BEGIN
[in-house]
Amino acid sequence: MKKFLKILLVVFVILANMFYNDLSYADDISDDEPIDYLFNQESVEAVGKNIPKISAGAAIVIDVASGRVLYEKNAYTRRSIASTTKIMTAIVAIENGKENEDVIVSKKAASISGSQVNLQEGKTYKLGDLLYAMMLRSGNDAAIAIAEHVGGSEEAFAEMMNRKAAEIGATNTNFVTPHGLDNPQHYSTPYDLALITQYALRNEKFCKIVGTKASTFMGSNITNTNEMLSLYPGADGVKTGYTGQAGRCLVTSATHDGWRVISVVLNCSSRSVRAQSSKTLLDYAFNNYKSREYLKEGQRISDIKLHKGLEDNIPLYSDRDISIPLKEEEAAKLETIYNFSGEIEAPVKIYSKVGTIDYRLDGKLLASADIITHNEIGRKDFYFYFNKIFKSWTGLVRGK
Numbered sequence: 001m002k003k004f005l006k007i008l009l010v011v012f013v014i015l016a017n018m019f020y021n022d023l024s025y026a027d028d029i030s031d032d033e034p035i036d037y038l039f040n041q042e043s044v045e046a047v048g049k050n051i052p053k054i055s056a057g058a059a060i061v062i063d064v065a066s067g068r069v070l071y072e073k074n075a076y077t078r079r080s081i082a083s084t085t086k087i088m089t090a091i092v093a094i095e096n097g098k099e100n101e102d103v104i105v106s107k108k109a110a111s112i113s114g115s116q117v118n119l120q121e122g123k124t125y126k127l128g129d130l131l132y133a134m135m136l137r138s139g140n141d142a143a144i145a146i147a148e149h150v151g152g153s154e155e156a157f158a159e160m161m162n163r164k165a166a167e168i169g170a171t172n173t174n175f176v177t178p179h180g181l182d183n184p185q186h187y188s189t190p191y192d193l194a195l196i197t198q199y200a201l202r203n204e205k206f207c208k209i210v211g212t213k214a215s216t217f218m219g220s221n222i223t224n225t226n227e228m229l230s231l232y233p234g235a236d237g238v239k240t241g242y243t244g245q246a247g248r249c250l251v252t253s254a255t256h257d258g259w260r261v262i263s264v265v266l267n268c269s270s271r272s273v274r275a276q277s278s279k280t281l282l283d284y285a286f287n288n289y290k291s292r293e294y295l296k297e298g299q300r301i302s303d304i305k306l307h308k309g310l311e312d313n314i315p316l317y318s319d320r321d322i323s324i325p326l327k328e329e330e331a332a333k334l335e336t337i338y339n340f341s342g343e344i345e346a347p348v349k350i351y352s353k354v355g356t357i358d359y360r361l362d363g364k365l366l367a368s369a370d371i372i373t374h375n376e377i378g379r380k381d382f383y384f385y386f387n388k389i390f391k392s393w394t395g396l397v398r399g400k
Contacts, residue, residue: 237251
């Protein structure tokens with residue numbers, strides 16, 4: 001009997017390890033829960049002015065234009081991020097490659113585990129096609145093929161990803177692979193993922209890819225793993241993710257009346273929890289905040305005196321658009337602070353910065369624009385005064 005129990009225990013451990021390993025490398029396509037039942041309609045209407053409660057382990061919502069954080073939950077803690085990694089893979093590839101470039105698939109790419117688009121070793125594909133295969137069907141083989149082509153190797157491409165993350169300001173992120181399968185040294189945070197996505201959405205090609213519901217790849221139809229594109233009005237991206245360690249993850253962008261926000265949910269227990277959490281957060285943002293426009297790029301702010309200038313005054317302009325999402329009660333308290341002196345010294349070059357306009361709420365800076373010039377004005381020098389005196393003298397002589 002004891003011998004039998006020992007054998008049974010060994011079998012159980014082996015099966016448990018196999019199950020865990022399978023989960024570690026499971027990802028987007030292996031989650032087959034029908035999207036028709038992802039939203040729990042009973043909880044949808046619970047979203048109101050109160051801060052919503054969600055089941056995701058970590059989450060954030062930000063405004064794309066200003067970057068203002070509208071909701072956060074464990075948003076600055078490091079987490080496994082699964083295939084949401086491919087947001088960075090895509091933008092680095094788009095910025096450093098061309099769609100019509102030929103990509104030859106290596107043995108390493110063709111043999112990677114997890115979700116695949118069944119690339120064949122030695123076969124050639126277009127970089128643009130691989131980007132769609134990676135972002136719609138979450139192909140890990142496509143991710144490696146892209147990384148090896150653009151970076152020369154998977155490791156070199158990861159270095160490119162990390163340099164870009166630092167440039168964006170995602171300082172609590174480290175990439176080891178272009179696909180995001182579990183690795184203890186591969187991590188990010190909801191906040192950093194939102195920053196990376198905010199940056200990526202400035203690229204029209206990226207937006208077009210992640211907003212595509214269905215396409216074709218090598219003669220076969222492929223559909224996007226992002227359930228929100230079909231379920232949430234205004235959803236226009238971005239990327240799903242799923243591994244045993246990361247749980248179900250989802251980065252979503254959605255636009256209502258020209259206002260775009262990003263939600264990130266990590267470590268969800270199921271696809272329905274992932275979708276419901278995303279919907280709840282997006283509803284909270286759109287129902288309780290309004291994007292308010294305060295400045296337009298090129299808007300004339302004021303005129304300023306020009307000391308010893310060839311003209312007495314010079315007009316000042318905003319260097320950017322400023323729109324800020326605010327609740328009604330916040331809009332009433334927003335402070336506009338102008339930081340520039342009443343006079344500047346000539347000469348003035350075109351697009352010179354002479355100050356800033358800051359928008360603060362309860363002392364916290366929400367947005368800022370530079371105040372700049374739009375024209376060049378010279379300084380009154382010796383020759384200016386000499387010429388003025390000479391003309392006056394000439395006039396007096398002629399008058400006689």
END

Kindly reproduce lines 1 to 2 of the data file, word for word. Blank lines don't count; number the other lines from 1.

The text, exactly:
[in-house]
Amino acid sequence: MKKFLKILLVVFVILANMFYNDLSYADDISDDEPIDYLFNQESVEAVGKNIPKISAGAAIVIDVASGRVLYEKNAYTRRSIASTTKIMTAIVAIENGKENEDVIVSKKAASISGSQVNLQEGKTYKLGDLLYAMMLRSGNDAAIAIAEHVGGSEEAFAEMMNRKAAEIGATNTNFVTPHGLDNPQHYSTPYDLALITQYALRNEKFCKIVGTKASTFMGSNITNTNEMLSLYPGADGVKTGYTGQAGRCLVTSATHDGWRVISVVLNCSSRSVRAQSSKTLLDYAFNNYKSREYLKEGQRISDIKLHKGLEDNIPLYSDRDISIPLKEEEAAKLETIYNFSGEIEAPVKIYSKVGTIDYRLDGKLLASADIITHNEIGRKDFYFYFNKIFKSWTGLVRGK